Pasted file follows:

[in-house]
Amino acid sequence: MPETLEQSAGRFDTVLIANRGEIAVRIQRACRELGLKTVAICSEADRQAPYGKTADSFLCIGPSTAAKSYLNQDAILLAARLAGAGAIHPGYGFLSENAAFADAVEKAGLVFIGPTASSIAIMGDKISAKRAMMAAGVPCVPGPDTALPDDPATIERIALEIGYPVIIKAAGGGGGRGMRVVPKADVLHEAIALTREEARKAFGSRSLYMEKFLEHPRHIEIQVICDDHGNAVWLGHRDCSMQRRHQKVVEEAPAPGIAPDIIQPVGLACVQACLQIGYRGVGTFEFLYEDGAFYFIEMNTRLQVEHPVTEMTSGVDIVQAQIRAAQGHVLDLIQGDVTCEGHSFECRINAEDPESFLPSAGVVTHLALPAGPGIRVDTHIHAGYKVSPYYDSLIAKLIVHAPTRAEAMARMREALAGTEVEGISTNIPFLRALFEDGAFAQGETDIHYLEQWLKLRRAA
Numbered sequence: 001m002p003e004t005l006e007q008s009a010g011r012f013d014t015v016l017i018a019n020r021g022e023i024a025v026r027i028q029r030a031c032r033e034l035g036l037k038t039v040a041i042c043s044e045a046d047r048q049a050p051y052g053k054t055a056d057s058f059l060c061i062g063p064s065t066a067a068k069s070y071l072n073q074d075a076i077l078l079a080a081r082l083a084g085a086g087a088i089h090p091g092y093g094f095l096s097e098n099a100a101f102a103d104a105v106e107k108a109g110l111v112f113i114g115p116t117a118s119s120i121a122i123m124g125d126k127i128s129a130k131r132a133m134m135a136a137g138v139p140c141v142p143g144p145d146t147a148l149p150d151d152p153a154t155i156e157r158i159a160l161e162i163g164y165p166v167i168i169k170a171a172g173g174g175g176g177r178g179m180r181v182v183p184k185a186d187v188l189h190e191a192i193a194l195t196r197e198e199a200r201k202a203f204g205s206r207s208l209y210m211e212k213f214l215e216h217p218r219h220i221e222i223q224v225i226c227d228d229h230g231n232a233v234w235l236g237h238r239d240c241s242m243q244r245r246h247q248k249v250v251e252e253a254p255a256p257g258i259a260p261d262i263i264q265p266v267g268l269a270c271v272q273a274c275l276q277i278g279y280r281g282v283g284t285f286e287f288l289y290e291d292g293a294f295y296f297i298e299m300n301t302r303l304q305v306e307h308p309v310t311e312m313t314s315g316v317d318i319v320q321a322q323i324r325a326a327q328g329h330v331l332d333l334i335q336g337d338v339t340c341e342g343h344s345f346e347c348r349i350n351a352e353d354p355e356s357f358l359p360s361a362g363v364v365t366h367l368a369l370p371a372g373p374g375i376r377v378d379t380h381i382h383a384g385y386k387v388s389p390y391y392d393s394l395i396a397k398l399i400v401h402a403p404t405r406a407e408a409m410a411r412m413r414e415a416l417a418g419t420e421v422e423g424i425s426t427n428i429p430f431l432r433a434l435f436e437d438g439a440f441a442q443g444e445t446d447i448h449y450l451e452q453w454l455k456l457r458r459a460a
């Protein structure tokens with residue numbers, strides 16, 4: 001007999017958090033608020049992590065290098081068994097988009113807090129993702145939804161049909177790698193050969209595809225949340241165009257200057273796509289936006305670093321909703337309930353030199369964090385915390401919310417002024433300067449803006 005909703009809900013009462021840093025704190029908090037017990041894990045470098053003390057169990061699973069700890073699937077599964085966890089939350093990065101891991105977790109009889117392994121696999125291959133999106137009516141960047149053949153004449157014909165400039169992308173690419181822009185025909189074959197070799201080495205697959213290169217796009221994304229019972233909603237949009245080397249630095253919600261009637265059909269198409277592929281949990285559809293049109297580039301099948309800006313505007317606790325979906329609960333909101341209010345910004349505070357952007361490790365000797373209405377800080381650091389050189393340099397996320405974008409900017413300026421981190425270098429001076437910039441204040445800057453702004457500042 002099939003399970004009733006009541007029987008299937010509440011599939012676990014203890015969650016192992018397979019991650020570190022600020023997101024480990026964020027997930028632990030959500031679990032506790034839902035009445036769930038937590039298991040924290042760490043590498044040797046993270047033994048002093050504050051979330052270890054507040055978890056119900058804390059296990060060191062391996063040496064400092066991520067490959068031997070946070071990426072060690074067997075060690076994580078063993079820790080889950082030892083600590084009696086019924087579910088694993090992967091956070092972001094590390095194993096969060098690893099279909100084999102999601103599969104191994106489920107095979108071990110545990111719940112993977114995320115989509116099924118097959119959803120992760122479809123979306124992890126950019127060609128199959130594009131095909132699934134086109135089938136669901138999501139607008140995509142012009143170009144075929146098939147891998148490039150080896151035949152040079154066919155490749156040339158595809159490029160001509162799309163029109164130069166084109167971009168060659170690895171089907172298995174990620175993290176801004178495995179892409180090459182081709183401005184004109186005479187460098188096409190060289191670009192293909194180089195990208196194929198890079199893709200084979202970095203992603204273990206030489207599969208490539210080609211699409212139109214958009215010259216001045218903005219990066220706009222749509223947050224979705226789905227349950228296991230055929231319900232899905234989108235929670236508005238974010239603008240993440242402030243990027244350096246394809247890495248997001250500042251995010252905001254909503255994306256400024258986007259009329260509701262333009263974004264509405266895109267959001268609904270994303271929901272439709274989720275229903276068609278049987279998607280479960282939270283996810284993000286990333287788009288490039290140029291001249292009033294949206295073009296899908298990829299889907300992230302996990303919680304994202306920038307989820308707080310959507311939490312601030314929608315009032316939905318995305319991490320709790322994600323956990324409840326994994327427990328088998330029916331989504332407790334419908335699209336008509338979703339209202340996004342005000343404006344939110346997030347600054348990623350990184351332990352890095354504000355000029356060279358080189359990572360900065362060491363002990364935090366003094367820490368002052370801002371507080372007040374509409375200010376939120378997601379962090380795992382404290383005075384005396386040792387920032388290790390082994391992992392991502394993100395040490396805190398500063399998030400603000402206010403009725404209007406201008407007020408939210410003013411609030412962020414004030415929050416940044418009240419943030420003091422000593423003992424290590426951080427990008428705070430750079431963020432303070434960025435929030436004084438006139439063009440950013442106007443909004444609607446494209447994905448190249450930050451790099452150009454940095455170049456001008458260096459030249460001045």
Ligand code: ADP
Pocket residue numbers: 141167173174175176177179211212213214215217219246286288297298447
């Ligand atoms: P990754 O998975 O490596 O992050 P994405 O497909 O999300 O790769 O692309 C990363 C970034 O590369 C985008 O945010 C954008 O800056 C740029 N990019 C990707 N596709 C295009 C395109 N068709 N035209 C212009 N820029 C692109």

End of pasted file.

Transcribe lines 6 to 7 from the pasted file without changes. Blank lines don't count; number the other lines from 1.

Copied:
Pocket residue numbers: 141167173174175176177179211212213214215217219246286288297298447
């Ligand atoms: P990754 O998975 O490596 O992050 P994405 O497909 O999300 O790769 O692309 C990363 C970034 O590369 C985008 O945010 C954008 O800056 C740029 N990019 C990707 N596709 C295009 C395109 N068709 N035209 C212009 N820029 C692109």